Change PC to Win or Windows
Lie.1296 at gmail.com
Mon Jul 21 21:32:00 CEST 2008
> It very much IS the point. Language evolves based on common usage
> patterns of the people who use it.
That is inarguably correct.
> The term "PC" is commonly used in English, in the United States
> and other English speaking countries, to mean a computer running
> Microsoft Windows.
As far as I am aware, they're like that because most people aren't
even aware that there are other OSes than Microsoft Windows. If the
world is still back in the 80s or 90s when people that use computers
means they're knowledgeable enough about computer, PCs would be either
applied to "all kinds of small computer/microcomputer" or only to "IBM-
branded microcomputers", the latter because PC is originally IBM's
marketing term, the former is a natural expansion of the meaning since
"Personal Computer" is a neutral term, unlike marketing terms like:
"TravelMate", "Lifebook", "MacBook", "GeForce", etc. "Personal
Computer" is more like the term "Mobile Phone" which is brand-neutral
and is usable by any brand, regardless of how the term originated.
The reason why the world hasn't evolved to the two predictable cases
("all kinds of microcomputers" or "IBM-PC and clones"), is what I'll
> That's a simple fact that you can not escape, no matter how
> much you may not like it (it just so happens that I also don't l
> ike it, but I realized long ago the futility of arguing against
> its usage). It's still a fact, and I described roughly how
> that fact came to be.
> It wasn't something that Apple started; it's been used this way
> in increasingly common usage for at least 20 years, although
> exactly what combination of hardware and software was being
> refered to as a "PC" has evolved over that timeframe.
Apple popularizes the term by explicit marketing, but the real blame
is to Microsoft's dominance, though it is without their explicit
consent, blessing, or resistance. Not entirely Microsoft's fault for
being dominant, but their dominance in the lower level users makes
those lower level user unaware of other OSes and applied the term PC
to Windows-based computers. When other OSes are gaining popularity
again (i.e. when Microsoft starts to lose its total and complete
dominance, i.e. around right now) the term's meaning become a huge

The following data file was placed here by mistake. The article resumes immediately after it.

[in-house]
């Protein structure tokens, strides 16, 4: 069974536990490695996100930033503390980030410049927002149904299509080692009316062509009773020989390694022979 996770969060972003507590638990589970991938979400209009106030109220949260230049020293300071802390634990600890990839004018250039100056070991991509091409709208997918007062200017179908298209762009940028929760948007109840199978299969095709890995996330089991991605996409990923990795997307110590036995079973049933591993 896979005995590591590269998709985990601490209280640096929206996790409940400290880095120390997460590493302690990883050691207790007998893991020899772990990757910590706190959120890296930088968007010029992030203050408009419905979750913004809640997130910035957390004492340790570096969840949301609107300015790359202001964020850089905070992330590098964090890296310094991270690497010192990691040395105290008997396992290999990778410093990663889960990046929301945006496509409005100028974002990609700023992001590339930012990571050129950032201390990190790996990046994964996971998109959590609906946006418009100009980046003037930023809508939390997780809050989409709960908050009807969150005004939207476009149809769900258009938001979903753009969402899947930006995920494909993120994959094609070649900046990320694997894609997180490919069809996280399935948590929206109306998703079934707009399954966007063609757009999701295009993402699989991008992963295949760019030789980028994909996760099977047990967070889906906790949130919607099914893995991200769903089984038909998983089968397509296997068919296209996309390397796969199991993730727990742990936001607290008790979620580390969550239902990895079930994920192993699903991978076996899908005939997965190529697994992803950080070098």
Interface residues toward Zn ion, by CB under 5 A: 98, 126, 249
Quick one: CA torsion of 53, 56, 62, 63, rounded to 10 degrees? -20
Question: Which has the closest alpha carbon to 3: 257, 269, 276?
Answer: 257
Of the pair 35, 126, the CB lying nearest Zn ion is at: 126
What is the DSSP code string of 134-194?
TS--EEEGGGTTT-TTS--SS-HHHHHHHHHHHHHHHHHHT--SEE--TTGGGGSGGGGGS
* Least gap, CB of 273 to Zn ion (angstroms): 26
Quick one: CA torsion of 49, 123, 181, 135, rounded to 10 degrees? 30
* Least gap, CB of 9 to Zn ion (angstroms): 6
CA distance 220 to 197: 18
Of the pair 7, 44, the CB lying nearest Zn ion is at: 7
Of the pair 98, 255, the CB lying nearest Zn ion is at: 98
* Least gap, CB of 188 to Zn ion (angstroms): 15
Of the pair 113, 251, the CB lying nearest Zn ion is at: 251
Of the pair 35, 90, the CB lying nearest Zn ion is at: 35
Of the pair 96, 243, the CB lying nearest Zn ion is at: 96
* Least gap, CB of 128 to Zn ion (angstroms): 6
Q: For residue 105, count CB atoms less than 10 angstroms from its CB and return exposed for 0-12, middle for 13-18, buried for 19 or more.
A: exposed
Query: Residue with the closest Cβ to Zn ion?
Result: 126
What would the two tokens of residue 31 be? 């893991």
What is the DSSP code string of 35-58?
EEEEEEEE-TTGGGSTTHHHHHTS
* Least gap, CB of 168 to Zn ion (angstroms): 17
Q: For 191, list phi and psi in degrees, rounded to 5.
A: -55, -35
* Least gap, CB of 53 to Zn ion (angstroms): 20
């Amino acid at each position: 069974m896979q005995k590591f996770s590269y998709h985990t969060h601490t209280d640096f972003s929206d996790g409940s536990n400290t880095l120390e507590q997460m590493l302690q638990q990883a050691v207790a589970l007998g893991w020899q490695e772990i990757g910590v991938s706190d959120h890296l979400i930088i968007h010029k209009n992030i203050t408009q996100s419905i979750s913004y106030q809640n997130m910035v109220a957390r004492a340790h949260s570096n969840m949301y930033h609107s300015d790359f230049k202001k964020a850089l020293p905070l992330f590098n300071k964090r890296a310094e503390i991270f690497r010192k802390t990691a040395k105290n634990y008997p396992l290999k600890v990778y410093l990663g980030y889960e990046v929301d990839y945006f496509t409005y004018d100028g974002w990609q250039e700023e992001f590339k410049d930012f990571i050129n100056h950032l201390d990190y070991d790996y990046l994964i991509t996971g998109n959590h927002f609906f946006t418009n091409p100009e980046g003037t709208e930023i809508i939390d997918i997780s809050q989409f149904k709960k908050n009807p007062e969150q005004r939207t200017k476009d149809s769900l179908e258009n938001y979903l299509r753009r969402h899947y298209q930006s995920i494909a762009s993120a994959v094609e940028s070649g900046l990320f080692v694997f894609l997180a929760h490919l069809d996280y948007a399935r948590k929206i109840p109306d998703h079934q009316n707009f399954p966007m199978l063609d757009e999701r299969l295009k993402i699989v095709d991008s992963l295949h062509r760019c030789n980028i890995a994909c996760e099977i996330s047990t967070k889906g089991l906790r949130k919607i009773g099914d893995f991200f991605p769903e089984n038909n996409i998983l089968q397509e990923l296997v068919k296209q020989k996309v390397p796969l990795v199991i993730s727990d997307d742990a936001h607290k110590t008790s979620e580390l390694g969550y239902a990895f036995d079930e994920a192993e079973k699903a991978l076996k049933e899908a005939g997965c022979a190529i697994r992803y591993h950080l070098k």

matter because people associated the term with Microsoft Windows (i.e.
software), not with IBM-PC and its clones anymore (i.e. hardware).
On Jul 21, 11:50 pm, Derek Martin <c... at pizzashack.org> wrote:
> On Sat, Jul 19, 2008 at 02:56:07AM -0700, Lie wrote:
> > government, etc. IBM PC is one of the first computers that ordinary
> > people could possess, when IBM-clones appeared on the market, they're
> > referred as PCs too because they are Personal Computer, a computer
> > that is designed for personal use.
> Just to be clear, this statement is WRONG. PC-clones were so called
> because they were clones of the IBM-PC. The term is very specific to
> IBM-compatible hardware.
> IBM PC compatible computers are those generally similar to the
> original IBM PC, XT, and AT. Such computers used to be referred to
> as PC clones, or IBM clones since they almost exactly duplicated
> all the significant features of the PC, XT, or AT internal design,
> facilitated by various manufacturers' ability to legally reverse
> engineer the BIOS through cleanroom design.
> Wikipedia's article on the personal computer accurately reflects
> the multiple meanings of the term, and points out the common usage
> to mean a Windows box:
> Today a PC may be a desktop computer, a laptop computer or a
> tablet computer. The most common operating systems are Microsoft
> Windows, Mac OS X and Linux, while the most common microprocessors
> are x86 compatible CPUs. However, the term "PC" is often used
> only to refer to computers running Microsoft Windows.
> So please stop your whining and get used to the idea that THE REST OF
> THE WORLD uses PC to mean a Windows box.
The rest of the world? Not in this part of the world, not in my whole
country at the least...
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